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Today's Top News
Code Pink Activist Talks About Iran, Meeting With Joe Lieberman
Wearing her trademark pink attire, including a pink tiara with glittery peace signs, activist Leslie Angeline came to Gateway Community College Wednesday to talk about her 24-day hunger strike to get a meeting with U.S. Sen. Joseph Lieberman.
She wants Lieberman, I-Conn., to stop "making blanket statements" for the United States to bomb Iran. "They have attacked no one. They love Americans," she said.
On June 10, Lieberman appeared on the CBS television show "Face the Nation" and said the U.S. should send airstrikes to terrorist training camps in Iran. According to the CBS Web site, Lieberman said: "I think we've got to be prepared to take aggressive military action against the Iranians to stop them from killing Americans in Iraq. And to me, that would include a strike ... over the border into Iran, where we have good evidence that they have a base at which they are training these people coming back into Iraq to kill our soldiers."
Angeline, a member of the Code Pink women's peace movement, learned of Lieberman's remarks soon after she returned from a two-week trip to Iran with Global Exchange, a humanitarian organization.
Before an audience of about 20, she presented a video on her travels through Iran's tree-lined streets. In one scene of the video, an Iranian asks her about her position on Iran's use of nuclear technology, to which Angeline replies: "It's in the treaty that Iranian people can use nuclear technology."
Another scene shows her asking a group of female students what message they would like her to take back to America. One quips: "Please be more careful when you choose your presidents from now on."
She stressed throughout her talk that Iranians understand that the will of the American people may differ from the will of the president, just as the will of Iranian people may differ from the will of their president. Angeline had to wear a head covering throughout her visit to Iran in deference to the country's strict Islamic requirements that forbid women to appear with their heads uncovered.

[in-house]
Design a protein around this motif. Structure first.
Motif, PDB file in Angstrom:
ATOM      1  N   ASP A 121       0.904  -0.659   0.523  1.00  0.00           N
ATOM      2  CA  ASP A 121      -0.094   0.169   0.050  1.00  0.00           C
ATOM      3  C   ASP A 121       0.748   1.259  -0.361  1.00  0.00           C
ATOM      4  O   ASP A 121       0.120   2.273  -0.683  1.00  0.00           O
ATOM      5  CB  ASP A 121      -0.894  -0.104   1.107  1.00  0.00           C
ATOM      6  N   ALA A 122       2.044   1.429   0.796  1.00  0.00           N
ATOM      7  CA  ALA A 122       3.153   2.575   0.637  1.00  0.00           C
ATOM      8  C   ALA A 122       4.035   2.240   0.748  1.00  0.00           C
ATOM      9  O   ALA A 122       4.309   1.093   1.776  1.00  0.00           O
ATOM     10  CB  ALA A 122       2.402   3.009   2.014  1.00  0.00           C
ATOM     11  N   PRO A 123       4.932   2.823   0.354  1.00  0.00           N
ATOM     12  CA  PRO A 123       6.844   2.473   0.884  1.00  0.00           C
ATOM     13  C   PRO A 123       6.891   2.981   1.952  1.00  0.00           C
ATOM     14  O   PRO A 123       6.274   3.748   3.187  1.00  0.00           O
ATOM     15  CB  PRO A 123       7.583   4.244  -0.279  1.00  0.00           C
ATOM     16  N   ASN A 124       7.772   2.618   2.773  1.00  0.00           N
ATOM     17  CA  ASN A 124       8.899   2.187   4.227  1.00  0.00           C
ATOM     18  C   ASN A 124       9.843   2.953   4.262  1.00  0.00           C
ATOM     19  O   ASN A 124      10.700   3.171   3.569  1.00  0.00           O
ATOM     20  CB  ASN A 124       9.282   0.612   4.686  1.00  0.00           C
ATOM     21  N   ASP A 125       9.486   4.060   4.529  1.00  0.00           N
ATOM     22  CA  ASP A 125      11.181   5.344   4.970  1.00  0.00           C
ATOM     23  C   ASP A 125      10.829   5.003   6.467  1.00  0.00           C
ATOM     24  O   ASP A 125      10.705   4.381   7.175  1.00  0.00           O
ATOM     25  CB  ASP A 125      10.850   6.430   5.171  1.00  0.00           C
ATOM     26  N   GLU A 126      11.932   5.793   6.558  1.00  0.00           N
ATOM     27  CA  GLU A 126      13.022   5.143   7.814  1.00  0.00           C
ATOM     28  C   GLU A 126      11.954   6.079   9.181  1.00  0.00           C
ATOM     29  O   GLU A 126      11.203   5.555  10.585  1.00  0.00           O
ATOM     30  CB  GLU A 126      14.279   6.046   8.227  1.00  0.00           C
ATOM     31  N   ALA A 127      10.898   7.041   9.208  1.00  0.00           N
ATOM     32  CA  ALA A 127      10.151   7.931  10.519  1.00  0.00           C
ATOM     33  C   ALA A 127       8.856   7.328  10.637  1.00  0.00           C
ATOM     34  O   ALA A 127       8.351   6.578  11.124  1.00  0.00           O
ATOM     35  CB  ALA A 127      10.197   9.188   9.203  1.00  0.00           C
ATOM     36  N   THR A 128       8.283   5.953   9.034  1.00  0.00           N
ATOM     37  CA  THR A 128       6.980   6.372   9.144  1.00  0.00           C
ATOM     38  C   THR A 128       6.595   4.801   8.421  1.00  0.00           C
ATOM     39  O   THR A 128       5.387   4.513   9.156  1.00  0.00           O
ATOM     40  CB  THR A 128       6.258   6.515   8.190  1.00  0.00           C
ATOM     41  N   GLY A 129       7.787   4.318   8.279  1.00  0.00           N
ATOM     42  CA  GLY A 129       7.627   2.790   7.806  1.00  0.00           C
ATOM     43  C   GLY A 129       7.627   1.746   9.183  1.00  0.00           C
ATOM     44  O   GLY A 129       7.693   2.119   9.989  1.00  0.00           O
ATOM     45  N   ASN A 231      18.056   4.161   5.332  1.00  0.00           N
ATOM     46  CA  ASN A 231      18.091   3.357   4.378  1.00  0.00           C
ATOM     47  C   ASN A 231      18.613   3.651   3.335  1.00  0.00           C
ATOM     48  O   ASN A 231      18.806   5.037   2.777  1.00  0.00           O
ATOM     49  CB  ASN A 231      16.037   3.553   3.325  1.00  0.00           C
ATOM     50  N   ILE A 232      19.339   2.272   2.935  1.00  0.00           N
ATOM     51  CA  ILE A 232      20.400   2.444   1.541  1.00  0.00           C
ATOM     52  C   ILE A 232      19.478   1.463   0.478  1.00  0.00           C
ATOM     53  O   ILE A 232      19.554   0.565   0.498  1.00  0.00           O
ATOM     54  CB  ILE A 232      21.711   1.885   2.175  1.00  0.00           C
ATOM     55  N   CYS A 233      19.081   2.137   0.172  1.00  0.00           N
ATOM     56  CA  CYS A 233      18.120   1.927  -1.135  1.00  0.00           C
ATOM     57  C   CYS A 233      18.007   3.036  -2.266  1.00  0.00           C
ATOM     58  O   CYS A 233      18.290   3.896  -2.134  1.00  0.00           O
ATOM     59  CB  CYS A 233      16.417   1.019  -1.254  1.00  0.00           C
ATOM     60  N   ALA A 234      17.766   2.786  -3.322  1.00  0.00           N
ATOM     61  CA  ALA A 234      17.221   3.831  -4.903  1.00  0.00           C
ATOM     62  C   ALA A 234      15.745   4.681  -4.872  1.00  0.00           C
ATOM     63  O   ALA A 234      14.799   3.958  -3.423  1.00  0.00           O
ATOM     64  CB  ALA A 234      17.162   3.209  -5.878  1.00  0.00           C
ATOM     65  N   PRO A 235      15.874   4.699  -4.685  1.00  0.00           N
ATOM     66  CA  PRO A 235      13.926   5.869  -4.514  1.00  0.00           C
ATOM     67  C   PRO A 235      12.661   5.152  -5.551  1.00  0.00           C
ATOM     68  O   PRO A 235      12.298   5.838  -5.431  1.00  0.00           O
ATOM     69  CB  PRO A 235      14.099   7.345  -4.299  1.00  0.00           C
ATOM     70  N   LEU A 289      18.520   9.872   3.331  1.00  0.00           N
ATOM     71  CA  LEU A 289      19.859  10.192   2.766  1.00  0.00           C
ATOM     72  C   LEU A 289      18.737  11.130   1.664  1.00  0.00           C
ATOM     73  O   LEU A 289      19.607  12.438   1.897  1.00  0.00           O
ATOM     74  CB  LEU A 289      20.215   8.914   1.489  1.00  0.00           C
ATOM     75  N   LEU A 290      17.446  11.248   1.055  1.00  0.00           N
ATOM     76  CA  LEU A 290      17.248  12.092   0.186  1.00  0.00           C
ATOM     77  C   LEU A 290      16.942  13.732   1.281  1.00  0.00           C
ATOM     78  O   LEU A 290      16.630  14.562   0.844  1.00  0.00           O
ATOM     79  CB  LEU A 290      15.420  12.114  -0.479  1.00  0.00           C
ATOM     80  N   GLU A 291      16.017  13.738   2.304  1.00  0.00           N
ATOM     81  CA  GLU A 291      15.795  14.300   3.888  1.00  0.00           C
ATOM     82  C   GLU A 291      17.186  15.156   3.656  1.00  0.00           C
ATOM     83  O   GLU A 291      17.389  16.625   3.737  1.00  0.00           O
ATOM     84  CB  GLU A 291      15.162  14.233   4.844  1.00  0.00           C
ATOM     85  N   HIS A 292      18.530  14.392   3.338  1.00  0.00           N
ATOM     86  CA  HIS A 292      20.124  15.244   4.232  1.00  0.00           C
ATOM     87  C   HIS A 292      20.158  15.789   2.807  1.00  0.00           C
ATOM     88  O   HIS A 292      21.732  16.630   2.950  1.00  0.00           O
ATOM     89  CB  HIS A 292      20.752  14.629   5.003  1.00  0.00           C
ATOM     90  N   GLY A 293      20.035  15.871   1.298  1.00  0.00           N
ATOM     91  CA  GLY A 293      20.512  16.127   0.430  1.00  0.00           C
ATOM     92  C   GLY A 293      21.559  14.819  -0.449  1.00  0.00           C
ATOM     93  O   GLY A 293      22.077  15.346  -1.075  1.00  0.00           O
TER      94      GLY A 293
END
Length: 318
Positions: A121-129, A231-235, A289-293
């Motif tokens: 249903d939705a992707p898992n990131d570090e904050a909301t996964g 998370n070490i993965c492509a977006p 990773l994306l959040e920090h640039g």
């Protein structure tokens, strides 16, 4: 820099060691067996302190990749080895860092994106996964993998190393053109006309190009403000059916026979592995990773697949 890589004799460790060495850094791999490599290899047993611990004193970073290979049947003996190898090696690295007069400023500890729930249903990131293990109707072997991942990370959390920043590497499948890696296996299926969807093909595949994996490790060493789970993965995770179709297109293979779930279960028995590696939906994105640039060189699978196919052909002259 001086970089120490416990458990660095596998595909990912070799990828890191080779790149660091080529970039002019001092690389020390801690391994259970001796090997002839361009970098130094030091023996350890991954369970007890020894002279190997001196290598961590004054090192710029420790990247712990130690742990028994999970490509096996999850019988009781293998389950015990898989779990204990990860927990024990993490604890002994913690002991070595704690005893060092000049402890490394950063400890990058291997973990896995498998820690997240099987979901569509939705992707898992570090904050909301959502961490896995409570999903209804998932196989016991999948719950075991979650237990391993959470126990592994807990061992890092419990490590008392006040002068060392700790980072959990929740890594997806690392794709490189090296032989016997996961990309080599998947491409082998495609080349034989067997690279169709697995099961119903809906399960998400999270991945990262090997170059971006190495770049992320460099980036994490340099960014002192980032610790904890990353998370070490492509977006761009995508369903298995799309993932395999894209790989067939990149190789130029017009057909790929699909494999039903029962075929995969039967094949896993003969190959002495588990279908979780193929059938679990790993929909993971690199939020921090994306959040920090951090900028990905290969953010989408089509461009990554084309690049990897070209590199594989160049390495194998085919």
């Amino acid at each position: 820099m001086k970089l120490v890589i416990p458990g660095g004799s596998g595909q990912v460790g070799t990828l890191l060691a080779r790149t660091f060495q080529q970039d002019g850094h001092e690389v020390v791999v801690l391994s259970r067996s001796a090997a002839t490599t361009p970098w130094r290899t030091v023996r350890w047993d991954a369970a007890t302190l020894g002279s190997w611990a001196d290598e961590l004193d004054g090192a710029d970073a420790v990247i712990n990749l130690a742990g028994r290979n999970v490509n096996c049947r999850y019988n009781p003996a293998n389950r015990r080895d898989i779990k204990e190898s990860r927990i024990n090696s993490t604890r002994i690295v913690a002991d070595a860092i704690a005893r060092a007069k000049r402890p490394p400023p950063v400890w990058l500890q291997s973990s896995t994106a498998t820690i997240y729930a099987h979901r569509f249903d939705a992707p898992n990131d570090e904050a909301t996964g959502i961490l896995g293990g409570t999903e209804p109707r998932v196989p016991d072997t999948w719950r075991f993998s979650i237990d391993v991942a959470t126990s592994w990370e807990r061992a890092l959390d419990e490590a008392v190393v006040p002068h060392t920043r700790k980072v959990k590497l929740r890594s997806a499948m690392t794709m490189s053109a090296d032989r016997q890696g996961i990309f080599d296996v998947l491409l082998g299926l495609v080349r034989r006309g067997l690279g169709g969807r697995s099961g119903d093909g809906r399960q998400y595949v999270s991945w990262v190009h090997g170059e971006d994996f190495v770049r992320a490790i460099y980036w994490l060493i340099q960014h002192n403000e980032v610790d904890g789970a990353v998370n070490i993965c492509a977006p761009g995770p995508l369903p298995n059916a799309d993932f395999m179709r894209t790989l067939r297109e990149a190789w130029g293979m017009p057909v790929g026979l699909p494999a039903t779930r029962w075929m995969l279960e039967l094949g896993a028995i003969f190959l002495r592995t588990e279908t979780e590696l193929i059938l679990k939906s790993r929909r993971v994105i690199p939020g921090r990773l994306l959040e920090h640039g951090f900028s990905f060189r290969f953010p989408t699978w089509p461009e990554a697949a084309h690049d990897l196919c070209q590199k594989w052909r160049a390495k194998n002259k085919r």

Lieberman's office declined to comment on her visit other than to refer to his past statements on Iran.
Angeline's fast, which included water and clear juice, landed her in the hospital for dehydration before she could meet with the senator. She said she collapsed in his office on the 16th day of her fast. A week later the senator's staff called police and had her arrested and charged with "unlawful entry" when she entered his office to make an appointment. After Roll Call, the capitol's daily newspaper, published her photo and the incident the next day, Lieberman's staff arranged a five-minute meeting for Angeline on the condition that she come alone and with no press.
While she described it as a positive meeting that lasted 15 minutes, the senator's staff is still pressing charges, she said, and she faces up to 60 days in jail.
Local activists were irate to learn of her dilemma.
"I don't know what is more infuriating: Lieberman's double talk or his efforts to put you in jail," said Jerry Topitzer, 73, of New Haven, a member of Veterans for Peace.
Event organizers encouraged those who attended to phone and e-mail Lieberman's Chief of Staff Clarine Nardi Riddle, to ask that the charges be dropped.
The meeting was sponsored by the Greater New Haven Peace Council, Greater New Haven chapter of the National Organization for Women and the Peace Committee of the Unitarian Society of New Haven.
©New Haven Register 2007